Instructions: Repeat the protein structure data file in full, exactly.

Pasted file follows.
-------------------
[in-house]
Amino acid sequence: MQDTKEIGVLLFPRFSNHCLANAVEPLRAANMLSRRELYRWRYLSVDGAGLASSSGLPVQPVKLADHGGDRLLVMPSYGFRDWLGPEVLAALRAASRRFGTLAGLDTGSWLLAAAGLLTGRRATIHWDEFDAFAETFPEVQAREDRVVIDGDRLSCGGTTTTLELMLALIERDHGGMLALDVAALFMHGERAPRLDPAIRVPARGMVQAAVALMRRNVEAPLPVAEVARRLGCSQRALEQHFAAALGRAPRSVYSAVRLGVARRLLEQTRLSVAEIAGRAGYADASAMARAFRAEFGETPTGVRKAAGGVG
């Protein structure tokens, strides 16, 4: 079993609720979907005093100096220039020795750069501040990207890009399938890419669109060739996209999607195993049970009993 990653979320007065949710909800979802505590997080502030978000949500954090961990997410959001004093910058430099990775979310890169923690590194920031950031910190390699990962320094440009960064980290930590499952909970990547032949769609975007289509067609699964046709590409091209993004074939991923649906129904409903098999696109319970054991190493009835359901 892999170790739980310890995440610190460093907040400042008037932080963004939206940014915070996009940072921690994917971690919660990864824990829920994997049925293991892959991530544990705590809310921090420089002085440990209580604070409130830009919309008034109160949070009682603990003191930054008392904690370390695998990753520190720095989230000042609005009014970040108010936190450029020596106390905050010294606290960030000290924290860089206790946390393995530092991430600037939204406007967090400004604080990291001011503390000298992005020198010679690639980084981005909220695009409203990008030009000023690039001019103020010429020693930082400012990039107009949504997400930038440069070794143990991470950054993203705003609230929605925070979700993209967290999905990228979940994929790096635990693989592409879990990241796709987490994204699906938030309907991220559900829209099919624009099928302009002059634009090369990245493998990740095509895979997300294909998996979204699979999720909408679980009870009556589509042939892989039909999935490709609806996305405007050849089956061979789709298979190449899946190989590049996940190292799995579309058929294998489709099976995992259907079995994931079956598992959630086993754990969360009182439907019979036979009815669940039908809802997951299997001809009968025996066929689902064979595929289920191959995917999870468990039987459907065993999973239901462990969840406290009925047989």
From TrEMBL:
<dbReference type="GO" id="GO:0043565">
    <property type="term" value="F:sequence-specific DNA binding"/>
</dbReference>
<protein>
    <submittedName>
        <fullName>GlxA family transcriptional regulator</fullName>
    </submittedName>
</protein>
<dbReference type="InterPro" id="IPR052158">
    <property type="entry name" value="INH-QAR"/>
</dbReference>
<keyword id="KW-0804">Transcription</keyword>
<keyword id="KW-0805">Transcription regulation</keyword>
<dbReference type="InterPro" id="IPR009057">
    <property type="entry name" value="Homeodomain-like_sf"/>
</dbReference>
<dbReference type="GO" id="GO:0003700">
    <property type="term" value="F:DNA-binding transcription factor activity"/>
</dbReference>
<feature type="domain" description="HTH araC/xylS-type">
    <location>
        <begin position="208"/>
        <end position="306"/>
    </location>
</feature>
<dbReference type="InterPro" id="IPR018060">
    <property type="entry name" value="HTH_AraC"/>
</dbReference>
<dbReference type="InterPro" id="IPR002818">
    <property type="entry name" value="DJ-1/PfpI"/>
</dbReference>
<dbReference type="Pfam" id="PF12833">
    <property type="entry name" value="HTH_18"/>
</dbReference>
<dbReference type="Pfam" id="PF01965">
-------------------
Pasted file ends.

[in-house]
Amino acid sequence: MQDTKEIGVLLFPRFSNHCLANAVEPLRAANMLSRRELYRWRYLSVDGAGLASSSGLPVQPVKLADHGGDRLLVMPSYGFRDWLGPEVLAALRAASRRFGTLAGLDTGSWLLAAAGLLTGRRATIHWDEFDAFAETFPEVQAREDRVVIDGDRLSCGGTTTTLELMLALIERDHGGMLALDVAALFMHGERAPRLDPAIRVPARGMVQAAVALMRRNVEAPLPVAEVARRLGCSQRALEQHFAAALGRAPRSVYSAVRLGVARRLLEQTRLSVAEIAGRAGYADASAMARAFRAEFGETPTGVRKAAGGVG
């Protein structure tokens, strides 16, 4: 079993609720979907005093100096220039020795750069501040990207890009399938890419669109060739996209999607195993049970009993 990653979320007065949710909800979802505590997080502030978000949500954090961990997410959001004093910058430099990775979310890169923690590194920031950031910190390699990962320094440009960064980290930590499952909970990547032949769609975007289509067609699964046709590409091209993004074939991923649906129904409903098999696109319970054991190493009835359901 892999170790739980310890995440610190460093907040400042008037932080963004939206940014915070996009940072921690994917971690919660990864824990829920994997049925293991892959991530544990705590809310921090420089002085440990209580604070409130830009919309008034109160949070009682603990003191930054008392904690370390695998990753520190720095989230000042609005009014970040108010936190450029020596106390905050010294606290960030000290924290860089206790946390393995530092991430600037939204406007967090400004604080990291001011503390000298992005020198010679690639980084981005909220695009409203990008030009000023690039001019103020010429020693930082400012990039107009949504997400930038440069070794143990991470950054993203705003609230929605925070979700993209967290999905990228979940994929790096635990693989592409879990990241796709987490994204699906938030309907991220559900829209099919624009099928302009002059634009090369990245493998990740095509895979997300294909998996979204699979999720909408679980009870009556589509042939892989039909999935490709609806996305405007050849089956061979789709298979190449899946190989590049996940190292799995579309058929294998489709099976995992259907079995994931079956598992959630086993754990969360009182439907019979036979009815669940039908809802997951299997001809009968025996066929689902064979595929289920191959995917999870468990039987459907065993999973239901462990969840406290009925047989």
From TrEMBL:
<dbReference type="GO" id="GO:0043565">
    <property type="term" value="F:sequence-specific DNA binding"/>
</dbReference>
<protein>
    <submittedName>
        <fullName>GlxA family transcriptional regulator</fullName>
    </submittedName>
</protein>
<dbReference type="InterPro" id="IPR052158">
    <property type="entry name" value="INH-QAR"/>
</dbReference>
<keyword id="KW-0804">Transcription</keyword>
<keyword id="KW-0805">Transcription regulation</keyword>
<dbReference type="InterPro" id="IPR009057">
    <property type="entry name" value="Homeodomain-like_sf"/>
</dbReference>
<dbReference type="GO" id="GO:0003700">
    <property type="term" value="F:DNA-binding transcription factor activity"/>
</dbReference>
<feature type="domain" description="HTH araC/xylS-type">
    <location>
        <begin position="208"/>
        <end position="306"/>
    </location>
</feature>
<dbReference type="InterPro" id="IPR018060">
    <property type="entry name" value="HTH_AraC"/>
</dbReference>
<dbReference type="InterPro" id="IPR002818">
    <property type="entry name" value="DJ-1/PfpI"/>
</dbReference>
<dbReference type="Pfam" id="PF12833">
    <property type="entry name" value="HTH_18"/>
</dbReference>
<dbReference type="Pfam" id="PF01965">